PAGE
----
Each year, tens of thousands of people text or call 1-888-373-7888, the national human trafficking hotline. Now, lawmakers are pushing to require that number to be posted in every airport, bus station, rail station and all ports of entry in the United States.
Senators introduced on Thursday the Human Trafficking Prevention Act, bipartisan legislation which was shared first with The 19th. The bill would direct the Departments of Transportation and Homeland Security to ensure the hotline is also visible in every individual plane, bus and train restroom. The companion bill, introduced by Reps. Hakeem Jeffries, a Democrat, and Darrell Issa, a Republican, passed in the House in July.
Democratic Sen. Maggie Hassan of New Hampshire, one of the bill’s primary sponsors, said transportation hubs are a “common-sense place to intercede” by letting victims and bystanders know who to call for help.
“Our bill is an important effort to address one of the greatest evils in our society,” Hassan said in a statement. “And I will continue working with my colleagues across the aisle to stamp out human trafficking, hold perpetrators accountable and save victims.”
Despite the large number of phone calls, texts, emails and online tips to the hotline — which is operated by the Polaris Project, an advocacy group, and available at humantraffickinghotline.org — only a fraction of incidents end in a prosecution. In 2020 alone, the hotline received more than 51,000 “substantive” tip reports, according to the group’s latest national hotline data. Yet, that same year, only 2,198 people were referred to U.S. attorneys for human trafficking offenses and about half of those were charged, according to data from the Department of Justice.
“Human trafficking is a heinous crime that threatens the well-being of women, men and children across this country and around the world,” Sen. Jacky Rosen of Nevada, a Democrat and another sponsor of the bill, said in a statement. “The national human trafficking hotline has been a highly effective tool in helping victims, and I’m helping introduce this bipartisan legislation to ensure that it is even more visible in Nevada and nationwide.”
Of the tens of thousands of alleged victims identified by tips to Polaris, nearly 60 percent were women and about half were not U.S. citizens. The hotline is primarily funded by the Department of Health and Human Services.
Experts and advocates applauded the legislation but insist that more action be taken to address the root causes of the problem.
Polaris called the legislation “an important step in intervention” but said more needs to be done to actually prevent trafficking from happening.
“We now know that trafficking is the predictable result of social, political and economic inequities and injustices,” a Polaris spokesperson told The 19th. “To really prevent trafficking, we must work together to tackle the underlying patterns of exploitation that allow trafficking to happen in the first place.”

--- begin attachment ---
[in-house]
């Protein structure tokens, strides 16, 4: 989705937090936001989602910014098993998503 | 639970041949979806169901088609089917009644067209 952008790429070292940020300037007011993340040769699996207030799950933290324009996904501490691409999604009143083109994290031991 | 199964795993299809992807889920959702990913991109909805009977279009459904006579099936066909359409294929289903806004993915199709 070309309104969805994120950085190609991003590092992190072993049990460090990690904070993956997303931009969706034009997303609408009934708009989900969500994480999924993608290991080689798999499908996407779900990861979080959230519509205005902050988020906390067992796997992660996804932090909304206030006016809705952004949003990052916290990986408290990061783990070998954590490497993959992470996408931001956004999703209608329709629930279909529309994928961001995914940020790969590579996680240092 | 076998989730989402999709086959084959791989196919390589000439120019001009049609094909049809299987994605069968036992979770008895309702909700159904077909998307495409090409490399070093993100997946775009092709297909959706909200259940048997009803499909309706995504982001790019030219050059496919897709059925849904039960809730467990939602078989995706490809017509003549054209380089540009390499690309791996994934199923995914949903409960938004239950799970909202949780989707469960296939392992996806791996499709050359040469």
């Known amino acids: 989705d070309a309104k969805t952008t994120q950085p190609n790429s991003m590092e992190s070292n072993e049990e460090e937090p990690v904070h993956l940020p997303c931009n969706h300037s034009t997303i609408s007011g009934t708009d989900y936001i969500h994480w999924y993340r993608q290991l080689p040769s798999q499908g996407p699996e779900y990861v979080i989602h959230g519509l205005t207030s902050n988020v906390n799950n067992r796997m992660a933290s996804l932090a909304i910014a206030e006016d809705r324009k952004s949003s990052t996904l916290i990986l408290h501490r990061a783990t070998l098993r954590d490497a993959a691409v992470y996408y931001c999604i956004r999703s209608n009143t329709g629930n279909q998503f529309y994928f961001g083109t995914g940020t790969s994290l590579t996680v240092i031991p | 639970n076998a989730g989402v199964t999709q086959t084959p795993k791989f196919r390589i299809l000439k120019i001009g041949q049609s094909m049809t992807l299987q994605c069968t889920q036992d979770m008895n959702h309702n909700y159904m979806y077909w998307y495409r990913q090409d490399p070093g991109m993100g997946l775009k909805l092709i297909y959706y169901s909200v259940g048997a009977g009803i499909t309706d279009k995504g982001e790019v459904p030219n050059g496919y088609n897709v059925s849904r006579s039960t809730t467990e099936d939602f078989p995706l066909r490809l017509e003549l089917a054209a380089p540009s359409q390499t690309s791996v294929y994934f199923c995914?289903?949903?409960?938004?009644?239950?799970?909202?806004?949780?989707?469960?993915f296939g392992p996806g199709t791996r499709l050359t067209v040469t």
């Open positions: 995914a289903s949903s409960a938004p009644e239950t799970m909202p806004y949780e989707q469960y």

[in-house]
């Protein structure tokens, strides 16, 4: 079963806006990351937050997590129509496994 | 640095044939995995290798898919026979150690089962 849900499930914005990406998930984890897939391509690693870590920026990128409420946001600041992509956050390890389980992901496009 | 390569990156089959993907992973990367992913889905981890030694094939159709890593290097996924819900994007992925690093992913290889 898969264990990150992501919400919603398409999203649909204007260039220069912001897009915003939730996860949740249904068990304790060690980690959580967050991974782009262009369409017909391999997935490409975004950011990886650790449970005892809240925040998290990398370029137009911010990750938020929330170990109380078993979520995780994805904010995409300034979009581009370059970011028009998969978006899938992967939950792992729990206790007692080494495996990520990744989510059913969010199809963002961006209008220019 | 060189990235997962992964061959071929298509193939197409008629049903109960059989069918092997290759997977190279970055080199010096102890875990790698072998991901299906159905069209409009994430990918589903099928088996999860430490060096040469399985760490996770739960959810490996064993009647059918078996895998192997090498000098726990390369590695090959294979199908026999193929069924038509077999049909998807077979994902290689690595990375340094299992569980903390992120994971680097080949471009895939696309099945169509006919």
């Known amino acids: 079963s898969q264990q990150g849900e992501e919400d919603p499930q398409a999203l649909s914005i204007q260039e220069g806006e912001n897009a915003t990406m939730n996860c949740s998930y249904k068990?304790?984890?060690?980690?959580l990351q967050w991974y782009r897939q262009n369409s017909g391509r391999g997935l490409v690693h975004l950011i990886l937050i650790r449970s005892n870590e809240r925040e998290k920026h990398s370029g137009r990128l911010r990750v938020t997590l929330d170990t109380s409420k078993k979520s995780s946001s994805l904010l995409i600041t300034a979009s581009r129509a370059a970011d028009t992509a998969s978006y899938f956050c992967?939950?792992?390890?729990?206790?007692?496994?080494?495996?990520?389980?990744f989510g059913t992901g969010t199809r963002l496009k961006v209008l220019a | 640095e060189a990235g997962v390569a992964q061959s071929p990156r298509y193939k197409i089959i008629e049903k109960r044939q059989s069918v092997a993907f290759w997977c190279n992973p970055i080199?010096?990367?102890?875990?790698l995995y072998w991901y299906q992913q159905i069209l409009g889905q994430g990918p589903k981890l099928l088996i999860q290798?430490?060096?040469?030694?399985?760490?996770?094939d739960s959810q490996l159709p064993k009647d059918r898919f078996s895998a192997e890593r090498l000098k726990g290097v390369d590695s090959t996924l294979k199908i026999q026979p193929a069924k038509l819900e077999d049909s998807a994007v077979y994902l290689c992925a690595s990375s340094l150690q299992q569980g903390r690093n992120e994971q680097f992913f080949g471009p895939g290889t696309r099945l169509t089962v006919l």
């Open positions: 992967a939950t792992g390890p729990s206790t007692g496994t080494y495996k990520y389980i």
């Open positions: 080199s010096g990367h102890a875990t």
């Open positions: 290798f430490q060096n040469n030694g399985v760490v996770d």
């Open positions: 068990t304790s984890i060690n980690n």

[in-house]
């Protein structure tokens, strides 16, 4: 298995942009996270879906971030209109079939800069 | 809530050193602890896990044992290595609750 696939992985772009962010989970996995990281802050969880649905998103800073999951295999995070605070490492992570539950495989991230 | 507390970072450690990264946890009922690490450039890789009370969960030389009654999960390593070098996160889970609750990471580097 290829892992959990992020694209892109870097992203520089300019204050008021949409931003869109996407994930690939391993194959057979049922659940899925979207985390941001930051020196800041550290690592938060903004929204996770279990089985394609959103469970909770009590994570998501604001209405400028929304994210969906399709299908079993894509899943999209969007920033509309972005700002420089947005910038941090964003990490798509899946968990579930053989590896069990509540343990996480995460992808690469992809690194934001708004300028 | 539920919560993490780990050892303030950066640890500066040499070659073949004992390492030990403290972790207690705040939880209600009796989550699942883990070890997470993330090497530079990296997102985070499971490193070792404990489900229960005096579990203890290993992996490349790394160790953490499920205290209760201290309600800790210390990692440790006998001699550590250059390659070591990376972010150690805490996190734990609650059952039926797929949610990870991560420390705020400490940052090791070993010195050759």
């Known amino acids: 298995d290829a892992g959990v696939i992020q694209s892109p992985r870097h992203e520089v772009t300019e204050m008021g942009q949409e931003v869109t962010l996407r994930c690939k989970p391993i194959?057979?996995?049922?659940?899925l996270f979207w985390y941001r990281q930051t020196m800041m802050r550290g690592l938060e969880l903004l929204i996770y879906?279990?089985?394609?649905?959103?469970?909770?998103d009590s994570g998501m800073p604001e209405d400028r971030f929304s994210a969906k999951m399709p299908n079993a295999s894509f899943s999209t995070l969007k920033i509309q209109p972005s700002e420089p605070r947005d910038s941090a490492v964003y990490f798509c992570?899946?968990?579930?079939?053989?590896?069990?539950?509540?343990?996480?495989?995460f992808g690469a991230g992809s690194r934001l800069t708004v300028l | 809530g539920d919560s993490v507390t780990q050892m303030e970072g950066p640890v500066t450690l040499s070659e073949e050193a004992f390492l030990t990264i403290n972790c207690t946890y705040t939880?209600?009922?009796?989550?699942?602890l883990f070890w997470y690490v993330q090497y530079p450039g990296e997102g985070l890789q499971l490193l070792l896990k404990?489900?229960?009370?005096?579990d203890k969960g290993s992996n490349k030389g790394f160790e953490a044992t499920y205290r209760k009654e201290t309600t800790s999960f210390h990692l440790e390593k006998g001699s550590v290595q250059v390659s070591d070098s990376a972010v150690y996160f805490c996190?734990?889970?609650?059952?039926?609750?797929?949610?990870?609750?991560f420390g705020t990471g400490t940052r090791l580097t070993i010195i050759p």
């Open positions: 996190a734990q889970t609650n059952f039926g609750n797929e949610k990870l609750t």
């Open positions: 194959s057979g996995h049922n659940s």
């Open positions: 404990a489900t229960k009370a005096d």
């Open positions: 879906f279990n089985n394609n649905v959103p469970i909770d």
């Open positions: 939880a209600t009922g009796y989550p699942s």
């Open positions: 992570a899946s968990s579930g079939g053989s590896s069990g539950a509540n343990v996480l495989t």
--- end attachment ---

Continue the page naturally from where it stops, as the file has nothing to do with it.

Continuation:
Mary Twis, an assistant professor of social work at Texas Christian University who studies and has worked with sex trafficking survivors, said the increased signage will certainly raise awareness among the public and will hopefully lead to more arrests. However, she said, the government needs to work towards “reducing systemic inequalities” that lead to the targeting of “entire subpopulations of people.”
Jonathan White, an associate professor of sociology at Bentley University who teaches about human trafficking, said that the majority of human trafficking victims are undocumented immigrants, generally vulnerable women who are at the mercy of whoever is employing, housing or holding them. The current laws and public sentiment give traffickers more power over victims, who fear imprisonment or deportation, he added.
Anne Douds, the chair of public policy at Gettysburg College, said it was exciting to see Congress consider an “evidence-based approach” that also promotes community-based research. The bill also develops resources for local-level data collection, which Douds said will help law enforcement better understand who is trafficked and how they’re trafficked so they can disrupt those chains. Douds also pointed out that more could be done to center victims in the solution and offered one suggestion: funding for human trafficking courts.
“Human trafficking courts are one of the ‘specialized courts’ or ‘treatment courts’ that you may have heard of, like drug courts or veteran courts,” Douds said. “They can be quite effective at coordinating services and simultaneously resolving criminal charges.”
Sheila Hayre, a clinical professor of law at Quinnipiac University, agreed that there needs to be a review of the criminal legal system as well. Hayre, whose clinic has represented trafficking victims, said that she has noticed that too often prosecution of traffickers takes precedent over the protection of victims.
“We need to prosecute traffickers, but even in cases where bringing a prosecution is not feasible or possible, the federal government should be committed to providing protection to victims in the form of services and support,” Hayre said.
Increased signage helps, Hayre said, but there should be federal provisions and other resources that protect victims from being prosecuted for crimes that were the result of force, fraud or coercion by a trafficker.
Republican Sen. James Risch of Idaho, the bill’s third sponsor, said Congress must do “everything in its power” to combat human trafficking.
“There is still more to be done, and I will continue to support anti-trafficking efforts, provide victims with the necessary resources, and ensure traffickers are punished to the fullest extent,” Risch said in a statement.